TCS Daily

Completing the Dividend Revolution

By Daniel Clifton - February 28, 2005 12:00 AM

In May 2003, President George W. Bush signed into law the Jobs and Growth Tax Relief Reconciliation Act (JGTRRA). The centerpiece of the plan was the slashing of the double tax placed on dividends and the equalizing of the dividend tax rate with the capital gains tax rate. The purpose of the plan was not just to lower the tax burden for investors every April 15th, but to re-encourage companies to pay dividends to their shareholders.

The lower tax rates have now been in place for 20 months and it is clear that companies have changed their behavior in response to the new tax law. 2004 was a record year for dividend shareholders, with more companies initiating and/or increasing dividends and shareholders recovering record amounts of cash. Last year's activity followed a very successful 2003, when companies immediately began returning cash to shareholders following the passage of JGTRRA. This year, dividend increases are running 12.5 percent ahead of 2004's pace, with more record dividend activity expected as the year progresses.

The large increases in dividend payments have forced the Congressional Budget Office (CBO) to admit that the original "cost" of the tax cut to the US Treasury will not be as great as previously anticipated. In fact, a large portion of the tax cut "cost" is actually being recouped from the resurgence of dividends and higher levels of economic growth. The best way to keep this growth moving forward is to make the tax cuts permanent, ensuring the completion of the dividend revolution.

Essentially, the tax cut has resulted in dividend activity in four stages. Stages one and two are now complete, and 2005 marked the beginning of stage three. But until the tax cuts are made permanent, stage four cannot not occur. It is vital that stage four does happen, however, as data showing the early success of the tax cut to date proves the argument that the dividend and capital gains tax reduction provisions should be made permanent.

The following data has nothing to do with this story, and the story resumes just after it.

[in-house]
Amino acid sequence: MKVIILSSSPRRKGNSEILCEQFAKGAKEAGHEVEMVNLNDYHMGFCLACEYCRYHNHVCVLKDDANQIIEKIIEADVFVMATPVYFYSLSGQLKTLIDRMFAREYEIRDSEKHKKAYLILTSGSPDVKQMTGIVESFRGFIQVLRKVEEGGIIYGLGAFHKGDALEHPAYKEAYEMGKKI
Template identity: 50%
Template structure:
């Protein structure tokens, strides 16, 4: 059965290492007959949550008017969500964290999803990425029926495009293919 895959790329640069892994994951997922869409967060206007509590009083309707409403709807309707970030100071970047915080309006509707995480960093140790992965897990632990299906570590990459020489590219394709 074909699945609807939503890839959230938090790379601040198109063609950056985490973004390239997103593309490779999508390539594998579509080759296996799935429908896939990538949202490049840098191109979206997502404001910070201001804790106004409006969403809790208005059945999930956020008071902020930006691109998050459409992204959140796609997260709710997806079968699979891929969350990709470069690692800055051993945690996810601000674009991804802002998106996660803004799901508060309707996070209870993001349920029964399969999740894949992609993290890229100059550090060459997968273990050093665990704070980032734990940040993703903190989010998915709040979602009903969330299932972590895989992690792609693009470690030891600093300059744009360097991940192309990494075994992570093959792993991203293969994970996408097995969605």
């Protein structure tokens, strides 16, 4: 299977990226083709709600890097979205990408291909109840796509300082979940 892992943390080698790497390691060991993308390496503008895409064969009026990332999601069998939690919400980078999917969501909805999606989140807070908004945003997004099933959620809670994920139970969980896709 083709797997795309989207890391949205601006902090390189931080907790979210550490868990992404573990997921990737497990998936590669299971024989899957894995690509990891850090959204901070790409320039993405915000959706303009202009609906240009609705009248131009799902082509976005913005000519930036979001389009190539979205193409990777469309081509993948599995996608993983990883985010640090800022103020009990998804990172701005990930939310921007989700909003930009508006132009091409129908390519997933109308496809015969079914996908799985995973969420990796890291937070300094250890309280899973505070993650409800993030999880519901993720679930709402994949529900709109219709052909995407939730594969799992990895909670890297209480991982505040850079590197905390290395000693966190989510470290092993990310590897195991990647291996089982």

Stage one of dividend activity was the immediate response following the tax cut as companies sought to readjust their payout policy with the new rates. In July 2003, a total of 179 companies increased their dividend, the most in one month since 1979. Among S&P 500 companies, 44 companies increased their dividends that month, which is nearly a three-fold increase from the 15 companies increasing their dividend in July 2002.

2003 also marked the largest one-year increase in dividend initiations on record as a net 19 companies on the S&P 500 began returning cash to shareholders through dividends. To place this number in context, the last time an increase had occurred was 1994, when there was only a net increase of one company. The largest previous increase over one year was five in 1989. Four times as many companies initiated a dividend in 2003.

Increasing dividend payments and record growth of dividend initiations translated into significantly more cash for shareholders. S&P 500 cash to dividend shareholders increased $12.8 billion in 2003, an 8.7 percent increase, which easily surpassed the historical annual average of 5.8 percent.